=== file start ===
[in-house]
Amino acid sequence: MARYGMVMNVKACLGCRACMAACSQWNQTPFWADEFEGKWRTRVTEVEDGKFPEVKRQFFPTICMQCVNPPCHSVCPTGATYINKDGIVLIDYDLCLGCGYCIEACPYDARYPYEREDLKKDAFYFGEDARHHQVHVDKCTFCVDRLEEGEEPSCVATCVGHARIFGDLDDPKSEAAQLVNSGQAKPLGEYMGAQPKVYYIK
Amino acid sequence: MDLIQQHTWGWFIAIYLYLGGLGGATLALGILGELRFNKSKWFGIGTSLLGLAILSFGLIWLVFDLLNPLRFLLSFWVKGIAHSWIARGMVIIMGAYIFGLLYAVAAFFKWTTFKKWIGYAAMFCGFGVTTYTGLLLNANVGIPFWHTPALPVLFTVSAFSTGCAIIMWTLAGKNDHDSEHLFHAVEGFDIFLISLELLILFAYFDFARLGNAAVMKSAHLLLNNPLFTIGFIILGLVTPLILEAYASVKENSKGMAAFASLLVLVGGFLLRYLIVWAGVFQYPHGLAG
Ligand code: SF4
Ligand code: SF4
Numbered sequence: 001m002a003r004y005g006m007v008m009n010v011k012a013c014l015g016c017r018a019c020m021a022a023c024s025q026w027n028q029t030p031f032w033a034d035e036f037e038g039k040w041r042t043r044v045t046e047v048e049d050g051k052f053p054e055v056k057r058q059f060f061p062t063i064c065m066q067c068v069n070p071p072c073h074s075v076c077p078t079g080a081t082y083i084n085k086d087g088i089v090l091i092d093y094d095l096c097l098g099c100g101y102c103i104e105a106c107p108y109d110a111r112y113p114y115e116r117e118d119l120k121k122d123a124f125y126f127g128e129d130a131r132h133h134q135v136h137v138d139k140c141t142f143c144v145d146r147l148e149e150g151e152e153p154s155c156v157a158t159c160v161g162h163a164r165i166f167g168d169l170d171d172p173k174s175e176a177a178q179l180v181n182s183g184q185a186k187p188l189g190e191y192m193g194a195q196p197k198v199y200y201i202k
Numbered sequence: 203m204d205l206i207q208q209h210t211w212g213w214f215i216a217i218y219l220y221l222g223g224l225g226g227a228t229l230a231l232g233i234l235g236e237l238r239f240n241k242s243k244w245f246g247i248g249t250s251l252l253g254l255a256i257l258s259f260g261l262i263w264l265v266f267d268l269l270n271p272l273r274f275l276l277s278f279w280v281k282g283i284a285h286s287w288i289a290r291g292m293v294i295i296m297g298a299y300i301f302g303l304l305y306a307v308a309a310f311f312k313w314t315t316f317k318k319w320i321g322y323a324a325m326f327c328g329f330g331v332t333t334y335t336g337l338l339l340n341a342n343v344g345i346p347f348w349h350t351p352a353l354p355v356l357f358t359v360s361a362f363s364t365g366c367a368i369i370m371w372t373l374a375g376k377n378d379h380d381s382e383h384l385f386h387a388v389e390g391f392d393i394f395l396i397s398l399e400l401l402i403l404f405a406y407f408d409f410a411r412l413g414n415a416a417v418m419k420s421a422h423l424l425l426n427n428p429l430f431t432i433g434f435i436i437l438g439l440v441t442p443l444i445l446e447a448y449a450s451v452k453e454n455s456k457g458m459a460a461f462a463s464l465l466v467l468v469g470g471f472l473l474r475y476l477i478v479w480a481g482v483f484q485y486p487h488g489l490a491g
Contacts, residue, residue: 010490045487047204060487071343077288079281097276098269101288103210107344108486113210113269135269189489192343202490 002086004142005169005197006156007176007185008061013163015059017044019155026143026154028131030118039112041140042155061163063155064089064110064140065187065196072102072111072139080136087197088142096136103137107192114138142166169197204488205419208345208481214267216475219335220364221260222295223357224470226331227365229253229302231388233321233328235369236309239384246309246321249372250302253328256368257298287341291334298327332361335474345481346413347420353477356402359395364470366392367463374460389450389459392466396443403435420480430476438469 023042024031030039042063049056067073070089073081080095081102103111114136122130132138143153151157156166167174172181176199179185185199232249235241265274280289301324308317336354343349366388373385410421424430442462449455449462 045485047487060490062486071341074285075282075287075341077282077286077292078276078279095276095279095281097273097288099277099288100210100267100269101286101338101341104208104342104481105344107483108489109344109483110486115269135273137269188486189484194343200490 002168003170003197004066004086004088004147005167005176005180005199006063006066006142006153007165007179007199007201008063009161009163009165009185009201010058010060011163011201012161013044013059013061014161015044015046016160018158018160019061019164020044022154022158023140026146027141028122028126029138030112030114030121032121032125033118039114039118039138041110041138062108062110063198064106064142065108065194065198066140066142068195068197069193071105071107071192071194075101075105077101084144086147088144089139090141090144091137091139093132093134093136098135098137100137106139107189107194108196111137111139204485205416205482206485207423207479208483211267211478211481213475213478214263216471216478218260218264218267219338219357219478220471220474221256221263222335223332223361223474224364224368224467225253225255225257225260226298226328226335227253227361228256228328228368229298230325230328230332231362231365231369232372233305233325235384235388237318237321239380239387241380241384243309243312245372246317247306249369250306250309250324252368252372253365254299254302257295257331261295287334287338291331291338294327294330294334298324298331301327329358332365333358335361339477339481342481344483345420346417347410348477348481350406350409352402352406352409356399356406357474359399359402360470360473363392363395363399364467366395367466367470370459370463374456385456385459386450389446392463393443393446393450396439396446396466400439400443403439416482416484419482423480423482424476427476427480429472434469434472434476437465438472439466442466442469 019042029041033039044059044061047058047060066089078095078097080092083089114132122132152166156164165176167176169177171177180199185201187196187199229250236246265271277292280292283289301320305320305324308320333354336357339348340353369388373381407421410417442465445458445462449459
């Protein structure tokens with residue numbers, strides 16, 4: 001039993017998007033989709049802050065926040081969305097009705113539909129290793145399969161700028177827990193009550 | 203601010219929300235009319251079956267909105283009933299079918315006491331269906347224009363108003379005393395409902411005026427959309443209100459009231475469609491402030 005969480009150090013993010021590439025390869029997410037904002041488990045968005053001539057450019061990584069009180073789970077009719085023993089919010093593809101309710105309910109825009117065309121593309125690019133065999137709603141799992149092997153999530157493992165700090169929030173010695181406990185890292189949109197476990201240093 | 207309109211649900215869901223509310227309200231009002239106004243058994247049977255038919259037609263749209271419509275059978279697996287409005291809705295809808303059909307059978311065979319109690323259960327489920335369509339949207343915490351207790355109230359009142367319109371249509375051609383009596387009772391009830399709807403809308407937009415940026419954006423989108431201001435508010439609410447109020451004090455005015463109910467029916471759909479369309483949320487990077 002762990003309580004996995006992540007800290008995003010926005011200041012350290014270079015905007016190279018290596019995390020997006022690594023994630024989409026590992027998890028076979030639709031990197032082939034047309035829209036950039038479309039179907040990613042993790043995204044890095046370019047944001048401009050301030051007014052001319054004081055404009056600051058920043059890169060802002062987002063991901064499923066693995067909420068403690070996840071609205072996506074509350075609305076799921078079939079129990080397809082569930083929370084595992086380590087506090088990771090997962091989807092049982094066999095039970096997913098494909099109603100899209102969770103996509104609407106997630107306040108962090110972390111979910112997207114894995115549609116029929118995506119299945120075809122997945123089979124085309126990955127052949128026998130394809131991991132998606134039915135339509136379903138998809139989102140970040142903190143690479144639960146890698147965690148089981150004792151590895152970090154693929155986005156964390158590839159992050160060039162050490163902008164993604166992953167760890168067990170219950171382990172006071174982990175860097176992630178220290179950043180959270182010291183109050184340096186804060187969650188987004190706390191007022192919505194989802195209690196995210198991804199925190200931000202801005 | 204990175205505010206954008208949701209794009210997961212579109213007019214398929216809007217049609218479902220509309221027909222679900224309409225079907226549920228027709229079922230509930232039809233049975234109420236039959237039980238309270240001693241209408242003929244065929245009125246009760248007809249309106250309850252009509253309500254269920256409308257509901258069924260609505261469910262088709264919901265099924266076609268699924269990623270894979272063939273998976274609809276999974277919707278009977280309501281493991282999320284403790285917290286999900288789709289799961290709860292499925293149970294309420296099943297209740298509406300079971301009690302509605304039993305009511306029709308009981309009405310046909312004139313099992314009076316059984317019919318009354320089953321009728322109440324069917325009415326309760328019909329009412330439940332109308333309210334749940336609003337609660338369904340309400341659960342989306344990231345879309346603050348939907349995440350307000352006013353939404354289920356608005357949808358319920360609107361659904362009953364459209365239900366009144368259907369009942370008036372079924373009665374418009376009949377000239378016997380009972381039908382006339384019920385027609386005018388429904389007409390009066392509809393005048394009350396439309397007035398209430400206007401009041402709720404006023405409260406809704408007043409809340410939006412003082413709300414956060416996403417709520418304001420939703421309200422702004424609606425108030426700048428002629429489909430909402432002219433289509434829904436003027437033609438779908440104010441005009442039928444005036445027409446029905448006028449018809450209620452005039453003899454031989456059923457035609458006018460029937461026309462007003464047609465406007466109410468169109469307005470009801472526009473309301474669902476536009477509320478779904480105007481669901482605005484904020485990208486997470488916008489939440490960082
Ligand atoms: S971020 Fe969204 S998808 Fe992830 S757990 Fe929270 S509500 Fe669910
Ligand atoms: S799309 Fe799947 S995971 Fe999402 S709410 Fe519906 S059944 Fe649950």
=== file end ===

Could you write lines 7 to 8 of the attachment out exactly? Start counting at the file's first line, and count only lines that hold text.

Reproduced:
Numbered sequence: 203m204d205l206i207q208q209h210t211w212g213w214f215i216a217i218y219l220y221l222g223g224l225g226g227a228t229l230a231l232g233i234l235g236e237l238r239f240n241k242s243k244w245f246g247i248g249t250s251l252l253g254l255a256i257l258s259f260g261l262i263w264l265v266f267d268l269l270n271p272l273r274f275l276l277s278f279w280v281k282g283i284a285h286s287w288i289a290r291g292m293v294i295i296m297g298a299y300i301f302g303l304l305y306a307v308a309a310f311f312k313w314t315t316f317k318k319w320i321g322y323a324a325m326f327c328g329f330g331v332t333t334y335t336g337l338l339l340n341a342n343v344g345i346p347f348w349h350t351p352a353l354p355v356l357f358t359v360s361a362f363s364t365g366c367a368i369i370m371w372t373l374a375g376k377n378d379h380d381s382e383h384l385f386h387a388v389e390g391f392d393i394f395l396i397s398l399e400l401l402i403l404f405a406y407f408d409f410a411r412l413g414n415a416a417v418m419k420s421a422h423l424l425l426n427n428p429l430f431t432i433g434f435i436i437l438g439l440v441t442p443l444i445l446e447a448y449a450s451v452k453e454n455s456k457g458m459a460a461f462a463s464l465l466v467l468v469g470g471f472l473l474r475y476l477i478v479w480a481g482v483f484q485y486p487h488g489l490a491g
Contacts, residue, residue: 010490045487047204060487071343077288079281097276098269101288103210107344108486113210113269135269189489192343202490 002086004142005169005197006156007176007185008061013163015059017044019155026143026154028131030118039112041140042155061163063155064089064110064140065187065196072102072111072139080136087197088142096136103137107192114138142166169197204488205419208345208481214267216475219335220364221260222295223357224470226331227365229253229302231388233321233328235369236309239384246309246321249372250302253328256368257298287341291334298327332361335474345481346413347420353477356402359395364470366392367463374460389450389459392466396443403435420480430476438469 023042024031030039042063049056067073070089073081080095081102103111114136122130132138143153151157156166167174172181176199179185185199232249235241265274280289301324308317336354343349366388373385410421424430442462449455449462 045485047487060490062486071341074285075282075287075341077282077286077292078276078279095276095279095281097273097288099277099288100210100267100269101286101338101341104208104342104481105344107483108489109344109483110486115269135273137269188486189484194343200490 002168003170003197004066004086004088004147005167005176005180005199006063006066006142006153007165007179007199007201008063009161009163009165009185009201010058010060011163011201012161013044013059013061014161015044015046016160018158018160019061019164020044022154022158023140026146027141028122028126029138030112030114030121032121032125033118039114039118039138041110041138062108062110063198064106064142065108065194065198066140066142068195068197069193071105071107071192071194075101075105077101084144086147088144089139090141090144091137091139093132093134093136098135098137100137106139107189107194108196111137111139204485205416205482206485207423207479208483211267211478211481213475213478214263216471216478218260218264218267219338219357219478220471220474221256221263222335223332223361223474224364224368224467225253225255225257225260226298226328226335227253227361228256228328228368229298230325230328230332231362231365231369232372233305233325235384235388237318237321239380239387241380241384243309243312245372246317247306249369250306250309250324252368252372253365254299254302257295257331261295287334287338291331291338294327294330294334298324298331301327329358332365333358335361339477339481342481344483345420346417347410348477348481350406350409352402352406352409356399356406357474359399359402360470360473363392363395363399364467366395367466367470370459370463374456385456385459386450389446392463393443393446393450396439396446396466400439400443403439416482416484419482423480423482424476427476427480429472434469434472434476437465438472439466442466442469 019042029041033039044059044061047058047060066089078095078097080092083089114132122132152166156164165176167176169177171177180199185201187196187199229250236246265271277292280292283289301320305320305324308320333354336357339348340353369388373381407421410417442465445458445462449459